From Iceland — Use of ADHD Medication Increases

Use of ADHD Medication Increases

Published July 27, 2010

A recent study conducted by Icelandic Health Insurance found that prescriptions for medication treating ADHD have been increasing. It is estimated that 1.5% of the population, most of them boys between 10 and 14 years of age, are taking Ritalin for the disorder.
By contrast, Norwegians use half that amount, percentage-wise, and Swedes use only a third.
Kristinn Tómasson, director of the Icelandic Psychiatric Society, told RÚV that he finds the increase worrisome. He believes that the increase in medication shows the importance of giving greater attention to children who suffer from ADHD, both in school and within the health system.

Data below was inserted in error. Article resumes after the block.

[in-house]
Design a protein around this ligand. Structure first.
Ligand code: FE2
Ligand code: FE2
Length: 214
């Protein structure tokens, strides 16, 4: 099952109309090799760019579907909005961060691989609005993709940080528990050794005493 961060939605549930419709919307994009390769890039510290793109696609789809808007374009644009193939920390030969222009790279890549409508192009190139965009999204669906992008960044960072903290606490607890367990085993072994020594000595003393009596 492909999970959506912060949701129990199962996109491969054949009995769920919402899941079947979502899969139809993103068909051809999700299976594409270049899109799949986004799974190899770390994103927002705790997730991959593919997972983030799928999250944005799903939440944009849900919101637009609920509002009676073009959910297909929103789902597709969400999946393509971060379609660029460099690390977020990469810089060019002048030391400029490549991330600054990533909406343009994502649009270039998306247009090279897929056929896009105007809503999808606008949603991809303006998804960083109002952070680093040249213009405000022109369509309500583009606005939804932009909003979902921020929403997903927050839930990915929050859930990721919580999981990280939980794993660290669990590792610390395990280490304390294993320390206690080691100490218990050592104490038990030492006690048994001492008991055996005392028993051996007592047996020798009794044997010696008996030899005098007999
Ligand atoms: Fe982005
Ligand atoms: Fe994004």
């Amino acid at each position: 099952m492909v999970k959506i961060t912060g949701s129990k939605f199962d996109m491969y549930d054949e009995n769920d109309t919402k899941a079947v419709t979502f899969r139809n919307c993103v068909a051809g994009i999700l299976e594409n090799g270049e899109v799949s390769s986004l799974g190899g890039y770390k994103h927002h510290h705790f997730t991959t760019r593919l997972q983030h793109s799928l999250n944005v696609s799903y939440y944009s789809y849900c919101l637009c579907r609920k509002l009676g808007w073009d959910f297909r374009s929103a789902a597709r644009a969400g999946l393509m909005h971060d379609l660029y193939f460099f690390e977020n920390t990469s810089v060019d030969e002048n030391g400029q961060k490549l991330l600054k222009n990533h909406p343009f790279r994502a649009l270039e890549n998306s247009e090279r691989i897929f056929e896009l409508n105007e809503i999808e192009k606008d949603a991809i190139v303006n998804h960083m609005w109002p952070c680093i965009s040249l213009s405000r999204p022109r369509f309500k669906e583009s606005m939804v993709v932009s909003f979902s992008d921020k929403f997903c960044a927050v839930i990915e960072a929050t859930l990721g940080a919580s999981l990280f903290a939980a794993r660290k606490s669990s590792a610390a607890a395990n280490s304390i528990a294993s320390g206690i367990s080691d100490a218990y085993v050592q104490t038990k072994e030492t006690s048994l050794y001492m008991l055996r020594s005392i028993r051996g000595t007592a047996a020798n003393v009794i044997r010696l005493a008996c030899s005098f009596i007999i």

Kristinn added that the biggest flaw with Ritalin is how easily it can be abused, although there is no hard data showing if Ritalin abuse is necessarily prevalent or increasing in Iceland.
Recently, a corner store in Reykjavík was reported to be selling Ritalin over the counter. Police raided the store, finding cash and Ritalin, and the owner was arrested.
Icelandic health authorities are currently reviewing the law regarding medication for ADHD.

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